Book Giveaway: Have Some Faith this Holiday

In the spirit of reading books, I am doing a holiday book giveaway.

Gorgeous cover design by Jesse Taggart

The first five readers to email me at susiemeserve[at] will receive a free, signed copy of my 2008 poetry chapbook, Faith.

Please include your mailing address when you write.

Faith makes a great little gift, or keep it for yourself!

Read a poem from Faith here.

Vote for Me! (Or, the Shameless Self-Promotion Plug)

Well. Last week as I was frantically packing for a loooong Thanksgiving drive to Southern California I also managed to submit a short story to Medium’s Fiction Writing Contest. The story is called Shunyata. And I really hope you’ll read it. Then, if you like it, I hope you’ll vote for it. The system is a little tricky, but basically, you read; then you click “recommend.” Here is where it gets tricky. Once you hit recommend, you’re then asked to sign in to your Twitter account. I know–I didn’t have a Twitter account either. As far as I can tell, there’s no way around this but to get one. And then you can vote! (And if you want to follow me on Twitter, I’m @SusieMeserve.)

Here’s a teaser.

On the first Monday of last June my girlfriend Carrie’s mom got diagnosed with end-stage breast cancer and was dead the following Tuesday. It was one of those reverse miracles, an absolute mind-fuck. Me and Carrie flew to her parents’ house in Cleveland for the funeral. It was the first time I’d met her dad. I never met her mom. We didn’t really do parents so much.

“Steven,” Mr. Weathers said to me. “It’s good you’ve come.” I towered over him. Carrie said, “Oh, Dad,” and embraced him. I stood there patting the back of her leather jacket like an idiot, because I didn’t know what else to do.

I had known Carrie for what seemed like forever—two years, by then—but, it turned out, wasn’t, because you don’t really know someone until you’ve seen the photos their parents keep of them around the house. There was Carrie, on the piano, on the mantelpiece, in her dad’s study: blonde, blue-eyed, full-lipped, high cheekboned, a little pudgy. There she was in her band uniform. There she was in fake pearls and a pink taffeta dress at junior prom, smiling behind unfamiliar lipstick, like a little girl playing dress-up. There she was in her parents’ bedroom in a crackled photo with Tommy, her brother who died in a car accident when she was a senior in high school. When pressed, Carrie would say his death was probably what made her stop being a good girl, start smoking, start doing drugs, start wearing leather and motorcycle boots to class. The house in Cleveland suggested wealth and togetherness and wholesome family values, not my Carrie: cocktail waitress, smoker, heavy drinker—into taking long drives and suggesting we stop and fuck on the hood of my car.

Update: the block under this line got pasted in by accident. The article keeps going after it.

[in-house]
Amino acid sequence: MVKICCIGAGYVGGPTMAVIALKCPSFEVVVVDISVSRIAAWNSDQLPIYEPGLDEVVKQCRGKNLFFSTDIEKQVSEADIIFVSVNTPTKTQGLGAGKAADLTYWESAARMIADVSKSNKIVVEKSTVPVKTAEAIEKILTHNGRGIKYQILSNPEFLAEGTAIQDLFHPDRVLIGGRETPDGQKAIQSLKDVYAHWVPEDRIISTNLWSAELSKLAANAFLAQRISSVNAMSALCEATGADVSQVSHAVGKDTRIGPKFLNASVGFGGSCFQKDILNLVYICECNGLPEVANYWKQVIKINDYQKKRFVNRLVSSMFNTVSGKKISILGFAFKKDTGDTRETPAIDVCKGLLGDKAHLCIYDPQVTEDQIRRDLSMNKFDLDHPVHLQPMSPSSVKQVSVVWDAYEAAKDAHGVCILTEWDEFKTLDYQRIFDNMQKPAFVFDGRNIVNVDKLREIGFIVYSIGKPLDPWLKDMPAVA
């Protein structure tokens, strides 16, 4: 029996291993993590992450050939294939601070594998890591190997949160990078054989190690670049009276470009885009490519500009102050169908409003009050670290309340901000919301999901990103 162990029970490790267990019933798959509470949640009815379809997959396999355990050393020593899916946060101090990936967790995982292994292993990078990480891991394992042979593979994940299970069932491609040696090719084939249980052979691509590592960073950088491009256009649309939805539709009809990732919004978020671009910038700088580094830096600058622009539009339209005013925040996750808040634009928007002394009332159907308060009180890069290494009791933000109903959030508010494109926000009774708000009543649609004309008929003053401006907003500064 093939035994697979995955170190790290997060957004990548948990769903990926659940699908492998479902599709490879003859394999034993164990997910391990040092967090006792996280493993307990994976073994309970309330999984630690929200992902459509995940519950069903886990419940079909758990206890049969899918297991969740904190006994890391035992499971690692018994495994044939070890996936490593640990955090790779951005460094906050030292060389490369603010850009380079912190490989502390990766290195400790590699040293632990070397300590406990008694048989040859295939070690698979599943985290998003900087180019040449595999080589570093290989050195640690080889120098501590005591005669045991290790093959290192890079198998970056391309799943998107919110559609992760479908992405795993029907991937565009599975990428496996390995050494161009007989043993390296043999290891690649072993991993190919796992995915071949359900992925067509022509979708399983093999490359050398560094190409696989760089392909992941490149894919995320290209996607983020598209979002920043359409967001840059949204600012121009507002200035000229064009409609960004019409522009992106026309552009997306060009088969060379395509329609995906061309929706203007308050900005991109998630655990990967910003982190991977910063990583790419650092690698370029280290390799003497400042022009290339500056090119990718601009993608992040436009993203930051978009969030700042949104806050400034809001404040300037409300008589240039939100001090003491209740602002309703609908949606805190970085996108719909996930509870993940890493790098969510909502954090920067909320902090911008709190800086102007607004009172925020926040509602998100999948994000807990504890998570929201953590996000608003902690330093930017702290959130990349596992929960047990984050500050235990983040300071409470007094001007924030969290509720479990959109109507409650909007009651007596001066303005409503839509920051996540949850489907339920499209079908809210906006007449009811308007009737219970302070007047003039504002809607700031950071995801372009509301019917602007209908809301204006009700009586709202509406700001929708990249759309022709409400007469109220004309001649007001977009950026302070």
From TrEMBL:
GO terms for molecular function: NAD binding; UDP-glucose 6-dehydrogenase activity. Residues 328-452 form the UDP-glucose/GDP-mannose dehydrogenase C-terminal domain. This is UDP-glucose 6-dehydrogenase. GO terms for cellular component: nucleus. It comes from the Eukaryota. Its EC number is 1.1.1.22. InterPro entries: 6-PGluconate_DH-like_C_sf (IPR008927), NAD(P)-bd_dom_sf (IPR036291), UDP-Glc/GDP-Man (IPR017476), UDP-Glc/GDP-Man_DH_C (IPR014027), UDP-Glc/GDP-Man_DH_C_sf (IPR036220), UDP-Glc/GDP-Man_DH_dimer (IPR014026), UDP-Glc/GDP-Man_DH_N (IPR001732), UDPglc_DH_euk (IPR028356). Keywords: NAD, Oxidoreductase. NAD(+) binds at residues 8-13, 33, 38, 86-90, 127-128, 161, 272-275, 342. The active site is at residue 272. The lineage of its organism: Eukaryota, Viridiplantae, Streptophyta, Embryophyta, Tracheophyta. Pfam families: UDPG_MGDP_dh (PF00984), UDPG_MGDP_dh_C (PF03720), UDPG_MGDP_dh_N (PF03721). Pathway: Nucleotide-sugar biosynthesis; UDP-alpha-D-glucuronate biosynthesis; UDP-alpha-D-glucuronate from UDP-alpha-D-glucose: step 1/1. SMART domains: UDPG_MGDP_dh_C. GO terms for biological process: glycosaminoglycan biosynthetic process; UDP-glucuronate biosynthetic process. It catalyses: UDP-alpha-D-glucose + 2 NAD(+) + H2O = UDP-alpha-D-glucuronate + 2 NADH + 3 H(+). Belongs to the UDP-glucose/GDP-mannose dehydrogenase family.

Which, as far as I could remember, I had never refused.

And here is a photo of a Thanksgiving table, Southern California style. I hope everyone had a lovely day–I am grateful for many things, and for you, readers.

A Plug Dilemma

B just told me over a pot of pear-cinnamon jam that he’s getting tired of the plugs. I admit that my posts have been plug-heavy of late, but that’s what you get when you cross three classes with six hours in the writing lab plus two random freelance gigs that come in just as your mother-in-law and your mom are both coming to visit. Plugs are quick and easy, truth be told, especially during this very busy fall I’ve been having.

So, whaddya think? Enjoying my every-Monday pings for books and films and lectures I’m interested in promoting, or should my plugs just come up when exciting stuff is happening?

As it happens, I have no plug for today, other than to say: get thyself a writing group. It’s the best. And spend some good time with your family or your friends this week. We’re making Christmas presents (pear-cinnamon jam, anyone?) and I’m looking forward to Thanksgiving.

Here is a fall poem for today.


Again yesterday the wind rose & shook the leaves off

The trees throw shadows on the sidewalk

We trudge along avoiding each other

Because sometimes everyone is the enemy even

The guy in the trench coat & black hat lingers over the box

Where they keep the free newspapers taking one out

At the ballpark a baseball took off through

The stratosphere was pierced by a comet with rough edges

And a whole series of constellations you didn’t know

How sharp I was I just got your letter & photograph

Thank you I treasure it as an artifact of the love that never

Was I too effusive or too

Odd how the baseball takes its arc from the moon

If the moon were a motion it would be whoosh

Go the leaves on the sidewalk in a sudden brief gust

That leaves us all